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Tourism boss fears crime backlash

The head of one of the island’s leading tourism agencies is warning that if the crime rate continues to escalate, Barbados could reach a point where “no amount of marketing or promotional campaign” will attract visitors to its shores.

This caution has come from Chief Executive Officer (CEO) of the recently-established Barbados Tourism Product Authority (BTPA) Dr Kerry Hall, who saw the recent upsurge in crime as a matter which needed to be addressed urgently.

In an interview with Barbados TODAY this morning, Dr Hall described the current situation as unprecedented and called any threat to Barbados’ main foreign exchange industry “a serious one.”

Chief Executive Officer of the Barbados Tourism Product Authority,  Dr Kerry Hall.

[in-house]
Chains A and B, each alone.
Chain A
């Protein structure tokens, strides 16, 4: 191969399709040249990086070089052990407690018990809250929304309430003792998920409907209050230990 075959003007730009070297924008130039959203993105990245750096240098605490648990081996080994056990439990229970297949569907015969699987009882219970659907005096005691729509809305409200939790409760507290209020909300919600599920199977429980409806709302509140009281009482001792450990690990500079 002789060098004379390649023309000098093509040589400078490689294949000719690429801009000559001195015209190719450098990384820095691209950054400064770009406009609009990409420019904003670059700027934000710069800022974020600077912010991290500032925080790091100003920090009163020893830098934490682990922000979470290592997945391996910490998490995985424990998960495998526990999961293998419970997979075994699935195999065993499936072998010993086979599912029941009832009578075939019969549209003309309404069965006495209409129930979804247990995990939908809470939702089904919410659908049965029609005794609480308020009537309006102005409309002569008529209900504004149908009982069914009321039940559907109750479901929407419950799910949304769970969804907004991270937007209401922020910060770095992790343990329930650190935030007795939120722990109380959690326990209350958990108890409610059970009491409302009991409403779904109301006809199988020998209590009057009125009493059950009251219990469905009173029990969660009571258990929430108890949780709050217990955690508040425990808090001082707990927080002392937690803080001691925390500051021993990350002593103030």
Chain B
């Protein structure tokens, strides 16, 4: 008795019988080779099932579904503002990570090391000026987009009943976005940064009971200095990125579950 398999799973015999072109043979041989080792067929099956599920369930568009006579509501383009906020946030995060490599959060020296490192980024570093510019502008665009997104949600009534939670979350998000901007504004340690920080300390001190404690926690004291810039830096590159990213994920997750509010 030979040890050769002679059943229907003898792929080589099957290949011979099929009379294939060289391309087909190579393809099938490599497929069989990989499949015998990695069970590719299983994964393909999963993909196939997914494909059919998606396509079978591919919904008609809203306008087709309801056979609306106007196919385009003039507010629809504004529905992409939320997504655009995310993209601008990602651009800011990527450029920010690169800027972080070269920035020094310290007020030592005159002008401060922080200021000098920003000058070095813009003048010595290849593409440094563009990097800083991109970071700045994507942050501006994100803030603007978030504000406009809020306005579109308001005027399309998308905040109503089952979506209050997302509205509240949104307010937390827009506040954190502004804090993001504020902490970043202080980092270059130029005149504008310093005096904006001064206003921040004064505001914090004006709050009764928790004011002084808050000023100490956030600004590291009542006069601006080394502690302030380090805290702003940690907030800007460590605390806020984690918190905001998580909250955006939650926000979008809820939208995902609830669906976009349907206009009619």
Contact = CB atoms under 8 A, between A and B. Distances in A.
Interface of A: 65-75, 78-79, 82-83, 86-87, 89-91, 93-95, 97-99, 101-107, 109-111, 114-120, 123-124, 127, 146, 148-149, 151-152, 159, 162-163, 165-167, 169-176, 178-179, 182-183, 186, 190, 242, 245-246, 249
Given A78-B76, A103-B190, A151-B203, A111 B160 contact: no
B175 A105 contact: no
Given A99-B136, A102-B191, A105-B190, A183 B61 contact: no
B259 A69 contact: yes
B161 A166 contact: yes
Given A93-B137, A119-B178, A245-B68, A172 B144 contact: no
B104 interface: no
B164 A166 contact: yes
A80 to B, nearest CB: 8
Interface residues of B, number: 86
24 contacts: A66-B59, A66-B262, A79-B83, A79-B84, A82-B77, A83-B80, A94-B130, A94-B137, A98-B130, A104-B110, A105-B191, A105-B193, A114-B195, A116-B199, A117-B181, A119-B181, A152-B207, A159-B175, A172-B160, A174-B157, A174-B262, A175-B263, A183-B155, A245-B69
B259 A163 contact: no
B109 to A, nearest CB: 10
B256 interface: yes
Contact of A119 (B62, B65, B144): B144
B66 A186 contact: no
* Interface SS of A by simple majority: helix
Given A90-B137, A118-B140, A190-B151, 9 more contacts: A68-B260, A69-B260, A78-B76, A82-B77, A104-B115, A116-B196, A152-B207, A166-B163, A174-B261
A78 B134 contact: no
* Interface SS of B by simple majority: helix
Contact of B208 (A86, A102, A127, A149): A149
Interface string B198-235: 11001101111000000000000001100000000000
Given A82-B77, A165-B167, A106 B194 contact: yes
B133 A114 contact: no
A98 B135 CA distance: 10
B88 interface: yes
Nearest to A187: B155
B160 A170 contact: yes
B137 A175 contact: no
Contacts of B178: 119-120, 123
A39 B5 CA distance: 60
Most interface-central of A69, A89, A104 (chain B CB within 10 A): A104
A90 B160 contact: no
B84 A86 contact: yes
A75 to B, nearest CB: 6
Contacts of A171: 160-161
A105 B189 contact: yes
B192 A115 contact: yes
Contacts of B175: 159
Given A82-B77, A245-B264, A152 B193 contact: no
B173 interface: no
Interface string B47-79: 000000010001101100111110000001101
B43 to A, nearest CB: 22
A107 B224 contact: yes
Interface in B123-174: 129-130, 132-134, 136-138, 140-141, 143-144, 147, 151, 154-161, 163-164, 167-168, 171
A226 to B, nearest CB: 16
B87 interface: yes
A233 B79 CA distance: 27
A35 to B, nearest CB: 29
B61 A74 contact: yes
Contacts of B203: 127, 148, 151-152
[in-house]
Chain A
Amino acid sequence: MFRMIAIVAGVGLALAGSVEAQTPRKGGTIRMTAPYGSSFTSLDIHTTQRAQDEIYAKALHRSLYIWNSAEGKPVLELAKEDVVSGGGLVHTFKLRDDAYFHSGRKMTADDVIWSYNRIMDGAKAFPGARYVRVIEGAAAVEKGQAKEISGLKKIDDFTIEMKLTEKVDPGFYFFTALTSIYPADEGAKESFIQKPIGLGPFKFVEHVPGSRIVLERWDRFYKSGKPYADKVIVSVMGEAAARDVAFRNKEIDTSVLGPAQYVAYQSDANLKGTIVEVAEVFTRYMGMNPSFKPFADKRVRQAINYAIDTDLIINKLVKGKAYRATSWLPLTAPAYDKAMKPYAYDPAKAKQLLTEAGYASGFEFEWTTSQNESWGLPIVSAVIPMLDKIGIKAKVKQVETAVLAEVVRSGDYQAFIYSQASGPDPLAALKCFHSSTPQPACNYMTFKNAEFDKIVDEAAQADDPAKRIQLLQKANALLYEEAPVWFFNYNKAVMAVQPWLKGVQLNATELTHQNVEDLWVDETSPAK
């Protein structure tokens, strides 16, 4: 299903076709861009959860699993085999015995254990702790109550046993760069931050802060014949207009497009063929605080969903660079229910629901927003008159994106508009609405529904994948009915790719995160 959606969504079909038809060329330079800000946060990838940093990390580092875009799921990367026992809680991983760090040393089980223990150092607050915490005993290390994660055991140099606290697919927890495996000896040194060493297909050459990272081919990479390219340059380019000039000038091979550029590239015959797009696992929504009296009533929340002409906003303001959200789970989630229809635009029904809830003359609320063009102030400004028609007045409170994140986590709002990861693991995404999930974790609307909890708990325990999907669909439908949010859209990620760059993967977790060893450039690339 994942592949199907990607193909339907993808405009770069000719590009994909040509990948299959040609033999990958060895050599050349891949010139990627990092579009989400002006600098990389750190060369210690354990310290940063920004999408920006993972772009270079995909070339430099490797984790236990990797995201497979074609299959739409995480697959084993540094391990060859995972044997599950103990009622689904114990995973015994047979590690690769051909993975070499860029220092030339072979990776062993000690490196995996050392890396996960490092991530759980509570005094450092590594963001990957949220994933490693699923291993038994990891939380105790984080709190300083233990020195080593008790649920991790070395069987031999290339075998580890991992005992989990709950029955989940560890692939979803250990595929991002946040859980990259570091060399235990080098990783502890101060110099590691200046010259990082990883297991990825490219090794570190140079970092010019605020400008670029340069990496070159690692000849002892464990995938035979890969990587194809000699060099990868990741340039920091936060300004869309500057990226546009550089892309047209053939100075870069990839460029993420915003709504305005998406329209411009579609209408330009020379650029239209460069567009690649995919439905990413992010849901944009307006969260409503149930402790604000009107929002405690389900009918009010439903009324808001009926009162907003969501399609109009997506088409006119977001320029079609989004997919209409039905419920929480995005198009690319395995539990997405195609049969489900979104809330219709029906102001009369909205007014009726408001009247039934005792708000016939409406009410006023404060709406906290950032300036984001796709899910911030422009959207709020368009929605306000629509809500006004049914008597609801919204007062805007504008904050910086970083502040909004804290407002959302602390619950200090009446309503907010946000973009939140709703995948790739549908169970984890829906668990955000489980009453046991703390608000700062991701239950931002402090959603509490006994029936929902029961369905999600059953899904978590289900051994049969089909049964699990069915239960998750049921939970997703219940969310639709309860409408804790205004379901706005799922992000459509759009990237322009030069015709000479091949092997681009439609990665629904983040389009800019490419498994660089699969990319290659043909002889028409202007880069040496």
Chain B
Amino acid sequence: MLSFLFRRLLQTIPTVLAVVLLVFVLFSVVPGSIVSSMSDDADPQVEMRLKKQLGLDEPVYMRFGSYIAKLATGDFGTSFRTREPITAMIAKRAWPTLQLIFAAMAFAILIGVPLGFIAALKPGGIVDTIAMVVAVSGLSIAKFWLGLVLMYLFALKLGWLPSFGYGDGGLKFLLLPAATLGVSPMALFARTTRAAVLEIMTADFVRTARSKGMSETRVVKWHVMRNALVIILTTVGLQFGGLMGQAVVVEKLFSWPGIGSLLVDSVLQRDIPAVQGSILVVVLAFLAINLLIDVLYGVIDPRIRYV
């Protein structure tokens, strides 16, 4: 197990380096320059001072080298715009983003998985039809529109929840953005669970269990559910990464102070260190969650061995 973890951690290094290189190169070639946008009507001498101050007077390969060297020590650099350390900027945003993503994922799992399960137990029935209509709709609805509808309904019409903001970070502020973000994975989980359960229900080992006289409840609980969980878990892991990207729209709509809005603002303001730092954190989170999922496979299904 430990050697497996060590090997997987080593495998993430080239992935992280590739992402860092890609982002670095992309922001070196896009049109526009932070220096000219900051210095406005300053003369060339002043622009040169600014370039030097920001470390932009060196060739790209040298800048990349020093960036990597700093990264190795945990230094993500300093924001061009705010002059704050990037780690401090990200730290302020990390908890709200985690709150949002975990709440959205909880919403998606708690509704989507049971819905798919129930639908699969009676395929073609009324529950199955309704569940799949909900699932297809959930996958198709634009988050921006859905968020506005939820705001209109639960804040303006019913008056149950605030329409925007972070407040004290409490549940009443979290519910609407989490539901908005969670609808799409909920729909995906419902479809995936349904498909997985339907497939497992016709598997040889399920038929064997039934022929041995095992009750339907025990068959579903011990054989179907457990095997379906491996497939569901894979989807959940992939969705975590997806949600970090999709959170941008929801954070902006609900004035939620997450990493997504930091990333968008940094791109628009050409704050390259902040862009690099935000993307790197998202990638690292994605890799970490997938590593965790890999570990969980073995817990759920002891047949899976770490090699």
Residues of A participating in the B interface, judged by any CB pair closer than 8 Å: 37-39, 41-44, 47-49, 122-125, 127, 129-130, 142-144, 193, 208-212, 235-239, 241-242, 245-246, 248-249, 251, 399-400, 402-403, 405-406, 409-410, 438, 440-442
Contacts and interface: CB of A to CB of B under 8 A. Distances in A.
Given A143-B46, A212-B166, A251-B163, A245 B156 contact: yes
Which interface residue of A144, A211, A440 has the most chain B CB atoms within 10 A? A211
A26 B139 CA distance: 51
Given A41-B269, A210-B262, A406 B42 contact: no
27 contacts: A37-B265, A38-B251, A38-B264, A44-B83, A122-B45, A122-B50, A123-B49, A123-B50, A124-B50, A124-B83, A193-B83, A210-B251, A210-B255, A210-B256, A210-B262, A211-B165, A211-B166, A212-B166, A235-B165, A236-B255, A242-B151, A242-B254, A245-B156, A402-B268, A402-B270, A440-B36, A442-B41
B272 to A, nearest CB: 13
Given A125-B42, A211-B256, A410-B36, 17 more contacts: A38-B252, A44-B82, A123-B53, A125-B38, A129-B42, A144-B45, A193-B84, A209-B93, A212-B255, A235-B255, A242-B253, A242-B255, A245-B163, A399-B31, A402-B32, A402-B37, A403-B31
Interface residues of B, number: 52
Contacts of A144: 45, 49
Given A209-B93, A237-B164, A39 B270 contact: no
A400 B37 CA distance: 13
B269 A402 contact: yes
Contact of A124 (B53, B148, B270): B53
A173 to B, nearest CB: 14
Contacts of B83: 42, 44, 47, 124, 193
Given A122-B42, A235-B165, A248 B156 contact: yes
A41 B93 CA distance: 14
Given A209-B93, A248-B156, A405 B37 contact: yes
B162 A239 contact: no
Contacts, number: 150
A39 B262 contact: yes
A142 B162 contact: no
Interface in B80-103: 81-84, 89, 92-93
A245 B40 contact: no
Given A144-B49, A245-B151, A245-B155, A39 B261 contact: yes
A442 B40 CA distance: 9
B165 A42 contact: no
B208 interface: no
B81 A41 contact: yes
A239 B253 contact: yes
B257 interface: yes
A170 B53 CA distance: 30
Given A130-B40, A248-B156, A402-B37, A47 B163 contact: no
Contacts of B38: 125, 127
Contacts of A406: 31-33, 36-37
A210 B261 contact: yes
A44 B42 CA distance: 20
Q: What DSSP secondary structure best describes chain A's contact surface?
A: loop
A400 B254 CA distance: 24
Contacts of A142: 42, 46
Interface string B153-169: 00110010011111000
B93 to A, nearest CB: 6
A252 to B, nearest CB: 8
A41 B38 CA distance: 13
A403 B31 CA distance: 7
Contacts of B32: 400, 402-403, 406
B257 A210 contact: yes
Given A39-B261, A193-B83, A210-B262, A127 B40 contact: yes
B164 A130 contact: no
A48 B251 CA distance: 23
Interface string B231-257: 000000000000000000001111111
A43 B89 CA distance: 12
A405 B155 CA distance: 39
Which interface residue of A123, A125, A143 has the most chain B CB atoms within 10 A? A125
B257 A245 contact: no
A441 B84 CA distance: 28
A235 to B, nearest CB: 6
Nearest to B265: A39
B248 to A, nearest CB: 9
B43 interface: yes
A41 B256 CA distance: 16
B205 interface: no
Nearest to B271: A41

Chief Executive Officer of the Barbados Tourism Product Authority,
Dr Kerry Hall.

“As a consequence, a situation can potentially occur whereby we deliver the best service possible, have the friendliest people, develop the most creative and effective marketing and promotional campaigns, upgrade and enhance our product and create new exciting and innovative attractions and activities and these efforts may be in vain if the situation worsens and our guests are deterred from visiting our shores,” she explained.

“I know that we as a nation do not wish for this to occur and that every effort will be expended to ensure that it doesn’t.”

While pointing out that over the years Barbados had built a reputation as one of the safest places in the world to visit, the BTPA boss maintained it was important that tourists felt comfortable while on the island.